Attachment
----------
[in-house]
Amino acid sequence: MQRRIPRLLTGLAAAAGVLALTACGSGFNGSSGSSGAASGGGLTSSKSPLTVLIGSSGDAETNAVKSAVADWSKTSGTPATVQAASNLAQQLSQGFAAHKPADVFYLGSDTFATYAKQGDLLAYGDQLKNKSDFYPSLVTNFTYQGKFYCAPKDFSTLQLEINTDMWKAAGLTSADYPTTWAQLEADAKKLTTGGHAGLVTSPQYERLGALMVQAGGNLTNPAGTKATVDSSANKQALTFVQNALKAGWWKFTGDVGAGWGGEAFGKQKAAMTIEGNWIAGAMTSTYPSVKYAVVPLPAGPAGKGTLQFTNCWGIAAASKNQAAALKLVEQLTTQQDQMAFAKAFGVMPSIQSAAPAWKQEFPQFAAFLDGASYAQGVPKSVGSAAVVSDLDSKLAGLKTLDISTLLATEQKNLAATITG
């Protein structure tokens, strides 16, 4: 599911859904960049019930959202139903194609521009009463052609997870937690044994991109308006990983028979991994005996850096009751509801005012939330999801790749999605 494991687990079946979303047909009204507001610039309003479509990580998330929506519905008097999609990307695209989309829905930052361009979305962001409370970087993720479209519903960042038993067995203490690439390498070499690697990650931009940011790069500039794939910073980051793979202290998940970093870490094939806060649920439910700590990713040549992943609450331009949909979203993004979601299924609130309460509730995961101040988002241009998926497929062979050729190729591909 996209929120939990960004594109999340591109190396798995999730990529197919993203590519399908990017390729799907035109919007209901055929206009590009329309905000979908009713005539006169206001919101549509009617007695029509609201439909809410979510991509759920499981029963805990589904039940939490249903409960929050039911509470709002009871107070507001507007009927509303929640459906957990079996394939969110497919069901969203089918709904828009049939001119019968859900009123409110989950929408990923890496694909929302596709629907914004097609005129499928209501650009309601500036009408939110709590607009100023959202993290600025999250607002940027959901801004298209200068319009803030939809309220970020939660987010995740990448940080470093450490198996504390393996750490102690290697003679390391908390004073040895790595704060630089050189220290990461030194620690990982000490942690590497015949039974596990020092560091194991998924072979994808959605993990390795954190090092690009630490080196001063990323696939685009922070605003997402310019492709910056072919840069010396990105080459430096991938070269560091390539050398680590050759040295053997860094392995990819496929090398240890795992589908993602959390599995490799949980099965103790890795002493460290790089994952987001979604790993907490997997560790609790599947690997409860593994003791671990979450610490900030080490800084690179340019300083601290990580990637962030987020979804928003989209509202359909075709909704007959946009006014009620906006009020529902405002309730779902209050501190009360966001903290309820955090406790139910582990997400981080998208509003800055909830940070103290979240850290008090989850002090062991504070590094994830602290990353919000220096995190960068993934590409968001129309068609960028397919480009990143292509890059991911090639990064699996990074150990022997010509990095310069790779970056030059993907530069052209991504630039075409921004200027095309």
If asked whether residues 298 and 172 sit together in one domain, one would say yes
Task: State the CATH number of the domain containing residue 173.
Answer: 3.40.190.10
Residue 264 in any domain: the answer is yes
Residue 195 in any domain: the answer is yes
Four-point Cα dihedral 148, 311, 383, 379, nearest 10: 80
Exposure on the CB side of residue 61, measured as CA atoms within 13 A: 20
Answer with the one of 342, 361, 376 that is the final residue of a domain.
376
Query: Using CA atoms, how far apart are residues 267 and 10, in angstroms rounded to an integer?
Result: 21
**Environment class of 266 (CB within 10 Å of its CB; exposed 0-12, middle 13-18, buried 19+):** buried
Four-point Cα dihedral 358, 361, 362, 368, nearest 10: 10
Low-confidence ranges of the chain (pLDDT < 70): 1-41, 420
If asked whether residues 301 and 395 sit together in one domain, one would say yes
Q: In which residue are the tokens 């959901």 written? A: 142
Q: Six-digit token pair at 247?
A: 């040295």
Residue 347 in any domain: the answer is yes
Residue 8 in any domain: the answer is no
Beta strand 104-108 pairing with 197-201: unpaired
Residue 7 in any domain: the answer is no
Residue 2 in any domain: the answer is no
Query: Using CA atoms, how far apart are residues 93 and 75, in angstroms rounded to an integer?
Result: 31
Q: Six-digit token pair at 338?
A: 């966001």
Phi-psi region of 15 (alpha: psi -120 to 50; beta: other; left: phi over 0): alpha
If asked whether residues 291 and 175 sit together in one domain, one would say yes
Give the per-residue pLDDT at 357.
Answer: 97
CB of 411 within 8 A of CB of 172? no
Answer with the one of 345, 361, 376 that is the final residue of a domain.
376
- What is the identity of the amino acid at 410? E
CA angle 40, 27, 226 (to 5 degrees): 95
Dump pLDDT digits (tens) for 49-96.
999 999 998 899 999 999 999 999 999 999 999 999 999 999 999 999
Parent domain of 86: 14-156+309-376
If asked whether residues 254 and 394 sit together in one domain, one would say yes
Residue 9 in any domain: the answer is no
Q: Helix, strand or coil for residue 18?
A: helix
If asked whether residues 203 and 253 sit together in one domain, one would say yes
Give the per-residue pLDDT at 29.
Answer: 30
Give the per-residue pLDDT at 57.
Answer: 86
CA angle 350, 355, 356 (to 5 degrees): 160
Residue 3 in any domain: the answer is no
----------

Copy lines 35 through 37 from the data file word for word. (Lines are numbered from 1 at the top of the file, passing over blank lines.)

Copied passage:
CB of 411 within 8 A of CB of 172? no
Answer with the one of 345, 361, 376 that is the final residue of a domain.
376